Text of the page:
JAMA Neurology has published a paper titled, “Safety and Clinical Effects of Mesenchymal Stem Cells Secreting Neurotrophic Factor Transplantation in Patients With Amyotrophic Lateral Sclerosis – Results of Phase1/2 and 2a Clinical Trials.” This study comes out of a collaboration of researchers from BrainStorm Cell Therapeutics and the Hadassah-Hebrew University Medical Center both located in Israel.
The researchers set out to understand the safety and clinical effects of treatment with mesenchymal stem cells induced to secrete neurotrophic factors (MSC-NTF) in patients with ALS. Stem cells used in this study are adult mesenchymal stem cells derived from bone marrow samples given by participants in the trial. The bone marrow cells are turned into stem cells that secrete the NTFs. NTFs are a type of nutrient for cells and were previously shown to have protective effects in animal models of neurodegenerative disease.
The new study showed that implanting stem cells that produce neurotrophic factors (MSC-NTF) into either muscle or the intrathecal space surrounding the spinal cord, or both, after 6 months were shown to be safe and associated with only mild and transient adverse effects, principally headache and fever. The study is the first in which stem cells that have been modified to secrete neurotrophic factors have been implanted in people with ALS.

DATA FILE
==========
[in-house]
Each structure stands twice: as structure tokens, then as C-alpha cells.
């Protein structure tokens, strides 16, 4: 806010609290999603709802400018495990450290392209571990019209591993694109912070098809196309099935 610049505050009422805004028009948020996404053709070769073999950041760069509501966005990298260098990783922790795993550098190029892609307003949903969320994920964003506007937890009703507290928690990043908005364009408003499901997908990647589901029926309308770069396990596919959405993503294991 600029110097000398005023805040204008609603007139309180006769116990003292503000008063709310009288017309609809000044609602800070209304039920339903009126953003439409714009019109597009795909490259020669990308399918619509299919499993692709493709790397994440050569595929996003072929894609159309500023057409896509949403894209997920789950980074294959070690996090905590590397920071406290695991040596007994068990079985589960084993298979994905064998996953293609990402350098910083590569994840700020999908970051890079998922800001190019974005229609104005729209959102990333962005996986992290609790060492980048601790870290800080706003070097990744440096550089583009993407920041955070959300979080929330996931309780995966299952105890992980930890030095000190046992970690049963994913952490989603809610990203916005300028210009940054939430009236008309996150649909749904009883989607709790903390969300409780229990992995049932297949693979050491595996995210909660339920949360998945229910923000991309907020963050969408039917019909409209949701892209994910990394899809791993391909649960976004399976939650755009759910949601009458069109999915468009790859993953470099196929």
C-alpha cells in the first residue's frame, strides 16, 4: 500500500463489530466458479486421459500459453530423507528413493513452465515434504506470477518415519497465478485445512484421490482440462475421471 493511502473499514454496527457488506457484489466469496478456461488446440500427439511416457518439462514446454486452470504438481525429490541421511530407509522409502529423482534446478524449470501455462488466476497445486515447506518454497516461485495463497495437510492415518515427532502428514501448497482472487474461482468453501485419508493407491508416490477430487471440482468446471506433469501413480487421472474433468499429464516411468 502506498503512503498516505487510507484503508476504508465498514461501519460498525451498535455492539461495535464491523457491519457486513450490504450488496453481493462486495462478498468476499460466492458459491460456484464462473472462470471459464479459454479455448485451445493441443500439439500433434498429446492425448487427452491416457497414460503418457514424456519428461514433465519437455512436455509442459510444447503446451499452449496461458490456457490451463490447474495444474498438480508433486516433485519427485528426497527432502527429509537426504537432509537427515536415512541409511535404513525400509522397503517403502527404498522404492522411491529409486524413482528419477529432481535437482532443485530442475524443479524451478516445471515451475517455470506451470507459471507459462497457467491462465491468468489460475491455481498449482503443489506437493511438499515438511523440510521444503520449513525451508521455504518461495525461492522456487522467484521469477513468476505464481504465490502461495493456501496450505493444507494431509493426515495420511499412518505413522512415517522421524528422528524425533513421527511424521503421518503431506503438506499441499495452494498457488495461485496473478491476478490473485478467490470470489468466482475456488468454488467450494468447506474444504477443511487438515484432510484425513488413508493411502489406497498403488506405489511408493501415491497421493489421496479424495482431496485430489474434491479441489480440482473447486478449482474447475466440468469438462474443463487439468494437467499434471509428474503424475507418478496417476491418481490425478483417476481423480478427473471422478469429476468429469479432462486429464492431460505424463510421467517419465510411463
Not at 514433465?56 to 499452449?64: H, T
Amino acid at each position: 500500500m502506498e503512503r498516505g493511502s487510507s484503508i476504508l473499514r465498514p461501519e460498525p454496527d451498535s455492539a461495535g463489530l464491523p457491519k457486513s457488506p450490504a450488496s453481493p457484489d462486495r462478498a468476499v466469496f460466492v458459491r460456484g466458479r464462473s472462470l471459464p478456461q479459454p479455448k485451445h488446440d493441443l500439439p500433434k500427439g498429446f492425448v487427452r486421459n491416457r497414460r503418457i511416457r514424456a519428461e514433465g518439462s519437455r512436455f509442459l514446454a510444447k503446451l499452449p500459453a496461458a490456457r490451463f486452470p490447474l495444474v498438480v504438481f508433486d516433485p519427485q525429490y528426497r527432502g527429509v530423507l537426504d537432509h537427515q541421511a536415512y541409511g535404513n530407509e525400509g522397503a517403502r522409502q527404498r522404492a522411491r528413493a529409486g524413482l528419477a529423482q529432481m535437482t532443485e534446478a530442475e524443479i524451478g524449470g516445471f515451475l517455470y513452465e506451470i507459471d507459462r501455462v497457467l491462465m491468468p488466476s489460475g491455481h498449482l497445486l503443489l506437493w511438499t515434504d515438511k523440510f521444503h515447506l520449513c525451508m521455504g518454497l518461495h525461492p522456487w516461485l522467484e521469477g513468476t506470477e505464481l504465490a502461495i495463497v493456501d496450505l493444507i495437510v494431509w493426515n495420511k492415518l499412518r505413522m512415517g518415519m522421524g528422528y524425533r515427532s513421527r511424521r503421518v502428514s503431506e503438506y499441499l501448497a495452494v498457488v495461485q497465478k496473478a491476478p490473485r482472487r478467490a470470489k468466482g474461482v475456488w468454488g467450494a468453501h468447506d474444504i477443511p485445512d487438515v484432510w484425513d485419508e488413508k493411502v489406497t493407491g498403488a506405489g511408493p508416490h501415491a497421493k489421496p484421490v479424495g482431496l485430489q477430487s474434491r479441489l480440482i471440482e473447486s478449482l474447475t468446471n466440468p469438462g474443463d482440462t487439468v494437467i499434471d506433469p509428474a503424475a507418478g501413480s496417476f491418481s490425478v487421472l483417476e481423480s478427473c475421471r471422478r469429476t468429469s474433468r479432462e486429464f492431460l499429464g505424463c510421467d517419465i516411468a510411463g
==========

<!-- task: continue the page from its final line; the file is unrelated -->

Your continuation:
The study included 26 patients in all. Measurements of breathing ability and overall function suggested the treatment may have been associated with small reductions in the rate of disease progression. These results must be treated with caution, since the trial did not include a placebo comparator, making it difficult to know whether the effects were due to the treatment or to some other factor.
“We are encouraged to see that implantation of modified stem cells in this trial was safe for people with ALS,” said Association Chief Scientist Lucie Bruijn, Ph.D., M.B.A. “We look forward to learning more about the safety and efficacy of this therapeutic approach, as more trials are performed and results are reported.”
Information on additional clinical trials, including those exploring the potential of stem cell implantation, can be found on the NEALS website.